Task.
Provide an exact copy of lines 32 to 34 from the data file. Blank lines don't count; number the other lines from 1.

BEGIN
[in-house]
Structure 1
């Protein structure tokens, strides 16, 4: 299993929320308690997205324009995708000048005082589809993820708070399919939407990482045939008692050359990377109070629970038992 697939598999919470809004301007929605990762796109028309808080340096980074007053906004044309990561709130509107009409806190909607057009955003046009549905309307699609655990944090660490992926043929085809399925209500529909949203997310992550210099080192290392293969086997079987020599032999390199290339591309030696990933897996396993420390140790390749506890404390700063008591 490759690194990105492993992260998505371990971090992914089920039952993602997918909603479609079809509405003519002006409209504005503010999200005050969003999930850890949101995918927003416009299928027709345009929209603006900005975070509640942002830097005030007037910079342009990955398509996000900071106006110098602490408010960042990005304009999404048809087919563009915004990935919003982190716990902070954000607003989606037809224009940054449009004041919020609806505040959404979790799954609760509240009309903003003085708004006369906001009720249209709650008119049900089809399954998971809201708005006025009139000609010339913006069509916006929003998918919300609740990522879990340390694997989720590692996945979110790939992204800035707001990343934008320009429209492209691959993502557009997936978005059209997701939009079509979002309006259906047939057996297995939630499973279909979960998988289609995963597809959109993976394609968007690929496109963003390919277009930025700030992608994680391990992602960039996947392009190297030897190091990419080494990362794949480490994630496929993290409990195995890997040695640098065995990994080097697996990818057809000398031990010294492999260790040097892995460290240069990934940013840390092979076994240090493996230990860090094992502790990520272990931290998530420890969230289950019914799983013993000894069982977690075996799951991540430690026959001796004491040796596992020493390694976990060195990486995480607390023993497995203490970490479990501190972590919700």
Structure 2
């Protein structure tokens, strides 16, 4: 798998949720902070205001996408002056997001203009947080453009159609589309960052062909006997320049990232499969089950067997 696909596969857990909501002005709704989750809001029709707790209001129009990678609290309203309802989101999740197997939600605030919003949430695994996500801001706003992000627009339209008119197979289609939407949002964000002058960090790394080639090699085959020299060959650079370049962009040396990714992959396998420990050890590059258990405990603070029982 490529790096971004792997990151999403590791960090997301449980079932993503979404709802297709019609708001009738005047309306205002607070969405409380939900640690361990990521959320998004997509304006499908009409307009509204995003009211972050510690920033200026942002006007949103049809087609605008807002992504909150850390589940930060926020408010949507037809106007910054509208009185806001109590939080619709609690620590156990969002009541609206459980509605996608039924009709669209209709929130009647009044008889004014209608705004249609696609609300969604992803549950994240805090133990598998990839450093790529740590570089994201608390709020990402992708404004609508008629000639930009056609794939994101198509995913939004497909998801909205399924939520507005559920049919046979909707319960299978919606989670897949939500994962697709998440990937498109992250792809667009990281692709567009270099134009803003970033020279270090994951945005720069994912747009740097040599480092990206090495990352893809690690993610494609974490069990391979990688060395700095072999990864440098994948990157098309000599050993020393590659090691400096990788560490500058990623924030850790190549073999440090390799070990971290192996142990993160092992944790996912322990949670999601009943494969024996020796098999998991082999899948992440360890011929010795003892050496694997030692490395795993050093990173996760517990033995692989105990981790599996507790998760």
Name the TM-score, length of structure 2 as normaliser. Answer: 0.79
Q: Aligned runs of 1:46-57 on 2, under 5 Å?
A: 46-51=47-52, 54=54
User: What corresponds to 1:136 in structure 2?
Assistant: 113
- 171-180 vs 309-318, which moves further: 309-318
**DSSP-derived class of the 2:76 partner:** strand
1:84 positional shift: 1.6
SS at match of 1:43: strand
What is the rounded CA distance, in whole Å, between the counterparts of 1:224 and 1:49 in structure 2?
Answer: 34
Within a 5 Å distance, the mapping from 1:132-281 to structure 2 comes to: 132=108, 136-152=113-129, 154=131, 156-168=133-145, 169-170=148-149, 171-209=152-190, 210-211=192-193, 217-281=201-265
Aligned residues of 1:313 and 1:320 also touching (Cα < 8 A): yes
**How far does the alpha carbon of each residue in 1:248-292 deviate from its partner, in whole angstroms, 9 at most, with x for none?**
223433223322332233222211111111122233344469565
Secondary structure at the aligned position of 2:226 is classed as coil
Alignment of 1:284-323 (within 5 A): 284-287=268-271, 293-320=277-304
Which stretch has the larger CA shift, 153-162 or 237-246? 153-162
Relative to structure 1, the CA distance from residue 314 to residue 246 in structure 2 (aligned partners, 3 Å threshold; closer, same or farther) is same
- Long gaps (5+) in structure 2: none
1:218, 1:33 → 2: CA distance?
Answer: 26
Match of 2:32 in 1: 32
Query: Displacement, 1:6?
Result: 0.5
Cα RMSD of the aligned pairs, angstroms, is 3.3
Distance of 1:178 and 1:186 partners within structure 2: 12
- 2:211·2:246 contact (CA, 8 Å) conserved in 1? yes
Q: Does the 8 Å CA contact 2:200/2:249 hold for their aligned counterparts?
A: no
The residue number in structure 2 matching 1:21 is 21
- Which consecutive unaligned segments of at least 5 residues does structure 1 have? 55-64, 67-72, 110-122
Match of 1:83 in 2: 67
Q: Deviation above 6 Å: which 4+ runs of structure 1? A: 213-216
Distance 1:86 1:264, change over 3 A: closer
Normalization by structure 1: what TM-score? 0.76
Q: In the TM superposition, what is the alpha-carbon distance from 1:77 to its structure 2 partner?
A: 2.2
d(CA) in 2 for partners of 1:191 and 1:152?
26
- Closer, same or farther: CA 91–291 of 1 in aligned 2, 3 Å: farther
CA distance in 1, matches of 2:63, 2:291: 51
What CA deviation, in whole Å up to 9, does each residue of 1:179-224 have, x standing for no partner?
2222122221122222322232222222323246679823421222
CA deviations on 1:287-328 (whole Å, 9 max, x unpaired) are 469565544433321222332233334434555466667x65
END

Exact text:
Distance of 1:178 and 1:186 partners within structure 2: 12
- 2:211·2:246 contact (CA, 8 Å) conserved in 1? yes
Q: Does the 8 Å CA contact 2:200/2:249 hold for their aligned counterparts?